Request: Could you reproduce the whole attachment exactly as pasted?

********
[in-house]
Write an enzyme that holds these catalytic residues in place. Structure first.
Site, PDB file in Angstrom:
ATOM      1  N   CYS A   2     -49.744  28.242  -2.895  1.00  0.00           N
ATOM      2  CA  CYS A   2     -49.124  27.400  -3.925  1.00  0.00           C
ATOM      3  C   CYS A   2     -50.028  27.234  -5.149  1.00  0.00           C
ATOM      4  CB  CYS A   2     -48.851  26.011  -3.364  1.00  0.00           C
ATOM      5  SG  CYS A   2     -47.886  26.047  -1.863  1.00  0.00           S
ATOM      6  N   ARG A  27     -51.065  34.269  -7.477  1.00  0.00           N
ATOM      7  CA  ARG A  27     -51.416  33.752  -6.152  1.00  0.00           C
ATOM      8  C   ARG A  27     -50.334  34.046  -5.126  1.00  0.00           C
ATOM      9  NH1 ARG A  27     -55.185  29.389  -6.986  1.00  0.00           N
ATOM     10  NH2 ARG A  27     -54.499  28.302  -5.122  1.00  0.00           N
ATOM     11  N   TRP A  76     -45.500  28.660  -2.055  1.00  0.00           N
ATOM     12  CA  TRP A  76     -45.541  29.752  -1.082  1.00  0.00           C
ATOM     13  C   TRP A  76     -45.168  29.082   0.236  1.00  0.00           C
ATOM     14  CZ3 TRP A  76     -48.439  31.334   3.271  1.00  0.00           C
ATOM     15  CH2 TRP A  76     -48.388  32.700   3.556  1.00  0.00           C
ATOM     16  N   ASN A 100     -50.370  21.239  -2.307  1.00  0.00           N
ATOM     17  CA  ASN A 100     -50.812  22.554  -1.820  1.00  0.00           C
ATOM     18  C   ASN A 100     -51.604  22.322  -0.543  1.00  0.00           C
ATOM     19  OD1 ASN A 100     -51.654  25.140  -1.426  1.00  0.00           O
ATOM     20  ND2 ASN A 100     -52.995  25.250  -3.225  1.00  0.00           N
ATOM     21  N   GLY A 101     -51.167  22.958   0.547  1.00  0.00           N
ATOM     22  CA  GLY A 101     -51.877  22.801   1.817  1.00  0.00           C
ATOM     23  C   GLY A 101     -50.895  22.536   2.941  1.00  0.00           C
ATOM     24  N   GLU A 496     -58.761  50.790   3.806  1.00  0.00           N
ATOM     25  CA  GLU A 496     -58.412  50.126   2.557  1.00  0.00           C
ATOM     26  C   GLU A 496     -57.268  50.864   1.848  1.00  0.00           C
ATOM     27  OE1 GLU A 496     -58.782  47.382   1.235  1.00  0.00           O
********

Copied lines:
[in-house]
Write an enzyme that holds these catalytic residues in place. Structure first.
Site, PDB file in Angstrom:
ATOM      1  N   CYS A   2     -49.744  28.242  -2.895  1.00  0.00           N
ATOM      2  CA  CYS A   2     -49.124  27.400  -3.925  1.00  0.00           C
ATOM      3  C   CYS A   2     -50.028  27.234  -5.149  1.00  0.00           C
ATOM      4  CB  CYS A   2     -48.851  26.011  -3.364  1.00  0.00           C
ATOM      5  SG  CYS A   2     -47.886  26.047  -1.863  1.00  0.00           S
ATOM      6  N   ARG A  27     -51.065  34.269  -7.477  1.00  0.00           N
ATOM      7  CA  ARG A  27     -51.416  33.752  -6.152  1.00  0.00           C
ATOM      8  C   ARG A  27     -50.334  34.046  -5.126  1.00  0.00           C
ATOM      9  NH1 ARG A  27     -55.185  29.389  -6.986  1.00  0.00           N
ATOM     10  NH2 ARG A  27     -54.499  28.302  -5.122  1.00  0.00           N
ATOM     11  N   TRP A  76     -45.500  28.660  -2.055  1.00  0.00           N
ATOM     12  CA  TRP A  76     -45.541  29.752  -1.082  1.00  0.00           C
ATOM     13  C   TRP A  76     -45.168  29.082   0.236  1.00  0.00           C
ATOM     14  CZ3 TRP A  76     -48.439  31.334   3.271  1.00  0.00           C
ATOM     15  CH2 TRP A  76     -48.388  32.700   3.556  1.00  0.00           C
ATOM     16  N   ASN A 100     -50.370  21.239  -2.307  1.00  0.00           N
ATOM     17  CA  ASN A 100     -50.812  22.554  -1.820  1.00  0.00           C
ATOM     18  C   ASN A 100     -51.604  22.322  -0.543  1.00  0.00           C
ATOM     19  OD1 ASN A 100     -51.654  25.140  -1.426  1.00  0.00           O
ATOM     20  ND2 ASN A 100     -52.995  25.250  -3.225  1.00  0.00           N
ATOM     21  N   GLY A 101     -51.167  22.958   0.547  1.00  0.00           N
ATOM     22  CA  GLY A 101     -51.877  22.801   1.817  1.00  0.00           C
ATOM     23  C   GLY A 101     -50.895  22.536   2.941  1.00  0.00           C
ATOM     24  N   GLU A 496     -58.761  50.790   3.806  1.00  0.00           N
ATOM     25  CA  GLU A 496     -58.412  50.126   2.557  1.00  0.00           C
ATOM     26  C   GLU A 496     -57.268  50.864   1.848  1.00  0.00           C
ATOM     27  OE1 GLU A 496     -58.782  47.382   1.235  1.00  0.00           O